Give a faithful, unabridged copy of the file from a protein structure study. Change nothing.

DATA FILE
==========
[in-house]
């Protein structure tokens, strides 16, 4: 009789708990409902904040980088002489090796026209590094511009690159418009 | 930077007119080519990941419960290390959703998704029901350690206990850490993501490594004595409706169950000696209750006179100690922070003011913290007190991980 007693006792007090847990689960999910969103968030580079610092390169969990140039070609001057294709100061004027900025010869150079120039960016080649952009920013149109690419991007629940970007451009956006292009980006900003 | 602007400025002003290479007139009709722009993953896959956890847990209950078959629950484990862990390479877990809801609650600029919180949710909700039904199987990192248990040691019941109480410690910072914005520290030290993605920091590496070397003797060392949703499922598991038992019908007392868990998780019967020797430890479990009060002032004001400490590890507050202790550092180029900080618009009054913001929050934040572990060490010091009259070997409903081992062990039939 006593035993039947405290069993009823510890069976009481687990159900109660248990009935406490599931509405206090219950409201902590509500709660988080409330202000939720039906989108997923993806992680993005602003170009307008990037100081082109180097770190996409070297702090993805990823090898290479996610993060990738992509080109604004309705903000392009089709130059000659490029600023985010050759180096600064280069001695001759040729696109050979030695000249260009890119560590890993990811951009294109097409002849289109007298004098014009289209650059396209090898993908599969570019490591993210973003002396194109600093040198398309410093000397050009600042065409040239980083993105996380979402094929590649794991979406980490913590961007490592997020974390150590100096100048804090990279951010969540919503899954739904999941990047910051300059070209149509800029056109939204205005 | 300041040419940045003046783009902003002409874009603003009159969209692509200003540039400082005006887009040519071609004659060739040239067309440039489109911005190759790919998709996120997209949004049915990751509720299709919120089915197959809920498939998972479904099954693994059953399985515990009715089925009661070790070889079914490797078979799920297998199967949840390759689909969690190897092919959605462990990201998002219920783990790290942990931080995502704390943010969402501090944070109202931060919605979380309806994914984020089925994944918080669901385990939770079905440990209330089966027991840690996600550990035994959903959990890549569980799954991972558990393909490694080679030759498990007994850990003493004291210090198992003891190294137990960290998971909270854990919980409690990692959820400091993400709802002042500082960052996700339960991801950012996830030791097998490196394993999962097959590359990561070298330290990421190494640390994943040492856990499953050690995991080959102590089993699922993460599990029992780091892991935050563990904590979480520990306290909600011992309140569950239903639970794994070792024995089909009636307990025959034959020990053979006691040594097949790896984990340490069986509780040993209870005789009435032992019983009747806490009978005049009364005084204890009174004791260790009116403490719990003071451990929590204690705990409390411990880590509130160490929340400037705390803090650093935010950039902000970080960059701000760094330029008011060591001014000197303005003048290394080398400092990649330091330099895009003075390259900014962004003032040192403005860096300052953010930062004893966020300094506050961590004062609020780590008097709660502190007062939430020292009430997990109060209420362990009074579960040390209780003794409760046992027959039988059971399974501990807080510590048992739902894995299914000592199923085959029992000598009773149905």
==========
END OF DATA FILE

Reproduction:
[in-house]
């Protein structure tokens, strides 16, 4: 009789708990409902904040980088002489090796026209590094511009690159418009 | 930077007119080519990941419960290390959703998704029901350690206990850490993501490594004595409706169950000696209750006179100690922070003011913290007190991980 007693006792007090847990689960999910969103968030580079610092390169969990140039070609001057294709100061004027900025010869150079120039960016080649952009920013149109690419991007629940970007451009956006292009980006900003 | 602007400025002003290479007139009709722009993953896959956890847990209950078959629950484990862990390479877990809801609650600029919180949710909700039904199987990192248990040691019941109480410690910072914005520290030290993605920091590496070397003797060392949703499922598991038992019908007392868990998780019967020797430890479990009060002032004001400490590890507050202790550092180029900080618009009054913001929050934040572990060490010091009259070997409903081992062990039939 006593035993039947405290069993009823510890069976009481687990159900109660248990009935406490599931509405206090219950409201902590509500709660988080409330202000939720039906989108997923993806992680993005602003170009307008990037100081082109180097770190996409070297702090993805990823090898290479996610993060990738992509080109604004309705903000392009089709130059000659490029600023985010050759180096600064280069001695001759040729696109050979030695000249260009890119560590890993990811951009294109097409002849289109007298004098014009289209650059396209090898993908599969570019490591993210973003002396194109600093040198398309410093000397050009600042065409040239980083993105996380979402094929590649794991979406980490913590961007490592997020974390150590100096100048804090990279951010969540919503899954739904999941990047910051300059070209149509800029056109939204205005 | 300041040419940045003046783009902003002409874009603003009159969209692509200003540039400082005006887009040519071609004659060739040239067309440039489109911005190759790919998709996120997209949004049915990751509720299709919120089915197959809920498939998972479904099954693994059953399985515990009715089925009661070790070889079914490797078979799920297998199967949840390759689909969690190897092919959605462990990201998002219920783990790290942990931080995502704390943010969402501090944070109202931060919605979380309806994914984020089925994944918080669901385990939770079905440990209330089966027991840690996600550990035994959903959990890549569980799954991972558990393909490694080679030759498990007994850990003493004291210090198992003891190294137990960290998971909270854990919980409690990692959820400091993400709802002042500082960052996700339960991801950012996830030791097998490196394993999962097959590359990561070298330290990421190494640390994943040492856990499953050690995991080959102590089993699922993460599990029992780091892991935050563990904590979480520990306290909600011992309140569950239903639970794994070792024995089909009636307990025959034959020990053979006691040594097949790896984990340490069986509780040993209870005789009435032992019983009747806490009978005049009364005084204890009174004791260790009116403490719990003071451990929590204690705990409390411990880590509130160490929340400037705390803090650093935010950039902000970080960059701000760094330029008011060591001014000197303005003048290394080398400092990649330091330099895009003075390259900014962004003032040192403005860096300052953010930062004893966020300094506050961590004062609020780590008097709660502190007062939430020292009430997990109060209420362990009074579960040390209780003794409760046992027959039988059971399974501990807080510590048992739902894995299914000592199923085959029992000598009773149905």